Huntington’s disease brain-derived small RNAs recapitulate associated neuropathology in mice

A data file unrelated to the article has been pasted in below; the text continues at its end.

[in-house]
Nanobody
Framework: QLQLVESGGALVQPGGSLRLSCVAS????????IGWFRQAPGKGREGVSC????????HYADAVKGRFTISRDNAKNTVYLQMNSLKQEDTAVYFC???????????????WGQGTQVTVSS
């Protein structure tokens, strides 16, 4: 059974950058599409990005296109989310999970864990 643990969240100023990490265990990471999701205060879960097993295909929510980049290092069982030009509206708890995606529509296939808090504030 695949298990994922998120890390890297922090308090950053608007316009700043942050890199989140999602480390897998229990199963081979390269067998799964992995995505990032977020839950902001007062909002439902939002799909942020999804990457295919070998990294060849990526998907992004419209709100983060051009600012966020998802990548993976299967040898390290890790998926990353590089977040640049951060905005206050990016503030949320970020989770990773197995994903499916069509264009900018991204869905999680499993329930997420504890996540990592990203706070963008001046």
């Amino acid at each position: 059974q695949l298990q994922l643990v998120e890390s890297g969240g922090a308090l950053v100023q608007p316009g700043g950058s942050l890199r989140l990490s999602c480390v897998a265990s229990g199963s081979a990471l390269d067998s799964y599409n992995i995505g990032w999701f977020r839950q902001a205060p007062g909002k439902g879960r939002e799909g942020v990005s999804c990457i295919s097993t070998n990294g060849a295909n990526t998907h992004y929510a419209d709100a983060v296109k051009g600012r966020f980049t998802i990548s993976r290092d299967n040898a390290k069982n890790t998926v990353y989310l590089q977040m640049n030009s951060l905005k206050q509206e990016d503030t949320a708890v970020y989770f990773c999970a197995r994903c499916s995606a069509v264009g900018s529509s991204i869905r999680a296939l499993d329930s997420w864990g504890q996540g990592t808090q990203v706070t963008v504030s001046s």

Progressive motor alterations and selective death of striatal medium spiny neurons (MSNs) are key pathological hallmarks of Huntington’s disease (HD), a neurodegenerative condition caused by a CAG trinucleotide repeat expansion in the coding region of the huntingtin (HTT) gene. Most research has focused on the pathogenic effects of the resultant protein product(s); however, growing evidence indicates that expanded CAG repeats within mutant HTT mRNA and derived small CAG repeat RNAs (sCAG) participate in HD pathophysiology. The individual contribution of protein versus RNA toxicity to HD pathophysiology remains largely uncharacterized and the role of other classes of small RNAs (sRNA) that are strongly perturbed in HD is uncertain. Here, we demonstrate that sRNA produced in the putamen of HD patients (HD-sRNA-PT) are sufficient to induce HD pathology in vivo. Mice injected with HD-sRNA-PT show motor abnormalities, decreased levels of striatal HD-related proteins, disruption of the indirect pathway, and strong transcriptional abnormalities, paralleling human HD pathology. Importantly, we show that the specific blockage of sCAG mitigates HD-sRNA-PT neurotoxicity only to a limited extent. This observation prompted us to identify other sRNA species enriched in HD putamen with neurotoxic potential. We detected high levels of tRNA fragments (tRFs) in HD putamen, and we validated the neurotoxic potential of an Alanine derived tRF in vitro. These results highlight that HD-sRNA-PT are neurotoxic, and suggest that multiple sRNA species contribute to striatal dysfunction and general transcriptomic changes, favoring therapeutic strategies based on the blockage of sRNA-mediated toxicity.


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